, also known as 5-Hydroxytryptamine or 5-HT)
  • Somatostatin receptor
    Somatostatin receptor
    There are five known somatostatin receptors:* SST1 * SST2 * SST3 * SST4 * SST5 All are G protein-coupled seven transmembrane receptors.-External links:...

    s (Somatostatin
    Somatostatin
    Somatostatin is a peptide hormone that regulates the endocrine system and affects neurotransmission and cell proliferation via interaction with G-protein-coupled somatostatin receptors and inhibition of the release of numerous secondary hormones.Somatostatin...

    )
  • Trace-amine associated receptors (Trace amines)
  • Calcium-sensing receptor
    Calcium-sensing receptor
    The calcium-sensing receptor is a Class C G-protein coupled receptor which senses extracellular levels of calcium ion. In the parathyroid gland, the calcium-sensing receptor controls calcium homeostasis by regulating the release of parathyroid hormone .-Signal transduction:The release of PTH is...

     (Calcium
    Calcium
    Calcium is the chemical element with the symbol Ca and atomic number 20. It has an atomic mass of 40.078 amu. Calcium is a soft gray alkaline earth metal, and is the fifth-most-abundant element by mass in the Earth's crust...

    )
  • Chemokine receptors (Chemokines)

many more ...

Receptor tyrosine kinases



These receptors detect ligands and propagate signals via the tyrosine kinase
Tyrosine kinase
A tyrosine kinase is an enzyme that can transfer a phosphate group from ATP to a protein in a cell. It functions as an "on" or "off" switch in many cellular functions....

 of their intracellular domains.
This family of receptors includes;
  • Erythropoietin receptor
    Erythropoietin receptor
    The erythropoietin receptor is a protein that in humans is encoded by the EPOR gene. EpoR is a 59 kDa peptide and is a member of the cytokine receptor family. EpoR pre-exists as dimers...

     (Erythropoietin
    Erythropoietin
    Erythropoietin, or its alternatives erythropoetin or erthropoyetin or EPO, is a glycoprotein hormone that controls erythropoiesis, or red blood cell production...

    )
  • Insulin receptor
    Insulin receptor
    In molecular biology, the insulin receptor is a transmembrane receptor that is activated by insulin. It belongs to the large class of tyrosine kinase receptors....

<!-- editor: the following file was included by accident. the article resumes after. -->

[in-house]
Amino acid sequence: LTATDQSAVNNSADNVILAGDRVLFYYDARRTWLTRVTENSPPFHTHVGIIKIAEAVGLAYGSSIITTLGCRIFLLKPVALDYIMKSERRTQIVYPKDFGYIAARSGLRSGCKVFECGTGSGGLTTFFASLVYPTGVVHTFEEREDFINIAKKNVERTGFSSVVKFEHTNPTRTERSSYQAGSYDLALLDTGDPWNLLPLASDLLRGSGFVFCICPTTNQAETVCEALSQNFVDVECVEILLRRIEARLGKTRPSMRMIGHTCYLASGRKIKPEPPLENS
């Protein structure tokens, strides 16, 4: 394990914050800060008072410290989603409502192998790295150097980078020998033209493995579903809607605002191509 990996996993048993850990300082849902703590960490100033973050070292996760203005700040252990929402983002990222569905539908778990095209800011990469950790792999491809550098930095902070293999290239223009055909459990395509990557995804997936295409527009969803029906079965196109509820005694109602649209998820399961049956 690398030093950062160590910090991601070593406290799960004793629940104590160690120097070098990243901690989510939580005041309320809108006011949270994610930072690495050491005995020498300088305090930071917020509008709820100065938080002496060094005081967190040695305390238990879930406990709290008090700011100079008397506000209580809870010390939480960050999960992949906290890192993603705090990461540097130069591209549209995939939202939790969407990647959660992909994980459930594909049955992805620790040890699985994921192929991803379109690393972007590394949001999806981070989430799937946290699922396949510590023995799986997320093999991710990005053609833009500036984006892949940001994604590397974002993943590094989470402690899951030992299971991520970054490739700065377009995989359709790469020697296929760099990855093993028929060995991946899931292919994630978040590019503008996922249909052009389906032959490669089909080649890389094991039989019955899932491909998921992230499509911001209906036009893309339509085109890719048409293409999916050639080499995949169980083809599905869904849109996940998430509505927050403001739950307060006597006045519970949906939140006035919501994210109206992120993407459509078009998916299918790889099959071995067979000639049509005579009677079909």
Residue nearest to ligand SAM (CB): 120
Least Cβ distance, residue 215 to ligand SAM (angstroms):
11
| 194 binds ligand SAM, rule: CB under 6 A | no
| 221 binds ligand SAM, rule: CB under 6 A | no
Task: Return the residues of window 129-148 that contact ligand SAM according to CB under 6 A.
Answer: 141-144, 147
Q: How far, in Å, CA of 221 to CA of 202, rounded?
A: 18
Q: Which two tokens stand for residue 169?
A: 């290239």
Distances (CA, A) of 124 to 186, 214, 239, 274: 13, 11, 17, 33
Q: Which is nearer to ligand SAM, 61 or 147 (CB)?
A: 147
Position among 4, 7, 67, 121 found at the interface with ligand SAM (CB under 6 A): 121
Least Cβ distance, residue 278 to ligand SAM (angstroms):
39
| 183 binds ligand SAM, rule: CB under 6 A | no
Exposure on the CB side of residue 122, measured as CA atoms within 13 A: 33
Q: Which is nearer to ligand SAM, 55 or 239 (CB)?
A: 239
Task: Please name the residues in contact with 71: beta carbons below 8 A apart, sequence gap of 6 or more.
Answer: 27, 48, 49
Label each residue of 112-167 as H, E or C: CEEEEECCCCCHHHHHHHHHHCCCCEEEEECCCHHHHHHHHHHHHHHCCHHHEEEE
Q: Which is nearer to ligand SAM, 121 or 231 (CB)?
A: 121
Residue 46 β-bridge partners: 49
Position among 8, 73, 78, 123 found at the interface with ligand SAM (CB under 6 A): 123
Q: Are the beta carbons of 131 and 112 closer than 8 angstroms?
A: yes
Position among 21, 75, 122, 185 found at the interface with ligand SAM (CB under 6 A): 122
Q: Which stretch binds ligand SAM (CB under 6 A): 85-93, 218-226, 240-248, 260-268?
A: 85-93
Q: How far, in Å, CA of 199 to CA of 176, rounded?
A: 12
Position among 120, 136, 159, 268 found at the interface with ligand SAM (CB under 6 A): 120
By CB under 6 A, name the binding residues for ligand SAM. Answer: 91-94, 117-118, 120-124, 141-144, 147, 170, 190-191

(Insulin
    Insulin
    Insulin is a hormone central to regulating carbohydrate and fat metabolism in the body. Insulin causes cells in the liver, muscle, and fat tissue to take up glucose from the blood, storing it as glycogen in the liver and muscle....

    )
  • Eph receptor
    Eph receptor
    Eph receptors are components of cell signalling pathways involved in animal growth and development, forming the largest sub-family of receptor tyrosine kinases . The extracellular domain of an Eph receptor interacts with ephrin ligands, which may be tethered to neighbouring cells...

    s
  • Insulin-like growth factor 1 receptor
  • various other growth factor
    Growth factor receptor
    A growth factor receptor is a receptor which binds to growth factor.These receptors may use the JAK/STAT, MAP kinase, and PI3 kinase pathways....

     and cytokine receptor
    Cytokine receptor
    Cytokine receptors are receptors that bind cytokines.In recent years, the cytokine receptors have come to demand the attention of more investigators than cytokines themselves, partly because of their remarkable characteristics, and partly because a deficiency of cytokine receptors has now been...

    s
  • ....

Guanylyl cyclase receptors

  • GC-A & GC-B: receptors for Atrial-natriuretic peptide (ANP) and other natriuretic peptides
  • GC-C: Guanylin
    Guanylin
    Guanylin is a 15 amino acid polypeptide that is secreted by goblet cells in the colon. Guanylin acts as an agonist of the guanylyl cyclase receptor GC-C and regulates electrolyte and water transport in intestinal and renal epithelia...

     receptor

Ionotropic receptors



Ionotropic receptors are heteromeric or homomeric
Homomeric
A homomeric substance is one which is made out of any number of identical products or molecules.e.g. A homomeric peptide = glutathione A peptide which is made up of only a single type of amino acid subunit; e.g., alanylalanylalanine.ALA-ALA-ALA...

 oligomers. They are receptors that respond to extracellular ligands and receptors that respond to intracellular ligands.

Extracellular ligands

Receptor Ligand Ion current
Nicotinic acetylcholine receptor
Nicotinic acetylcholine receptor
Nicotinic acetylcholine receptors, or nAChRs, are cholinergic receptors that form ligand-gated ion channels in the plasma membranes of certain neurons and on the postsynaptic side of the neuromuscular junction...

 
Acetylcholine
Acetylcholine
The chemical compound acetylcholine is a neurotransmitter in both the peripheral nervous system and central nervous system in many organisms including humans...

, Nicotine
Nicotine
Nicotine is an alkaloid found in the nightshade family of plants that constitutes approximately 0.6–3.0% of the dry weight of tobacco, with biosynthesis taking place in the roots and accumulation occurring in the leaves...

 
Na+, K+, Ca2+
Glycine receptor
Glycine receptor
The glycine receptor, or GlyR, is the receptor for the amino acid neurotransmitter glycine. GlyR is an ionotropic receptor that produces its effects through chloride current...

 (GlyR)
Glycine
Glycine
Glycine is an organic compound with the formula NH2CH2COOH. Having a hydrogen substituent as its 'side chain', glycine is the smallest of the 20 amino acids commonly found in proteins. Its codons are GGU, GGC, GGA, GGG cf. the genetic code.Glycine is a colourless, sweet-tasting crystalline solid...

, Strychnine
Strychnine
Strychnine is a highly toxic , colorless crystalline alkaloid used as a pesticide, particularly for killing small vertebrates such as birds and rodents. Strychnine causes muscular convulsions and eventually death through asphyxia or sheer exhaustion...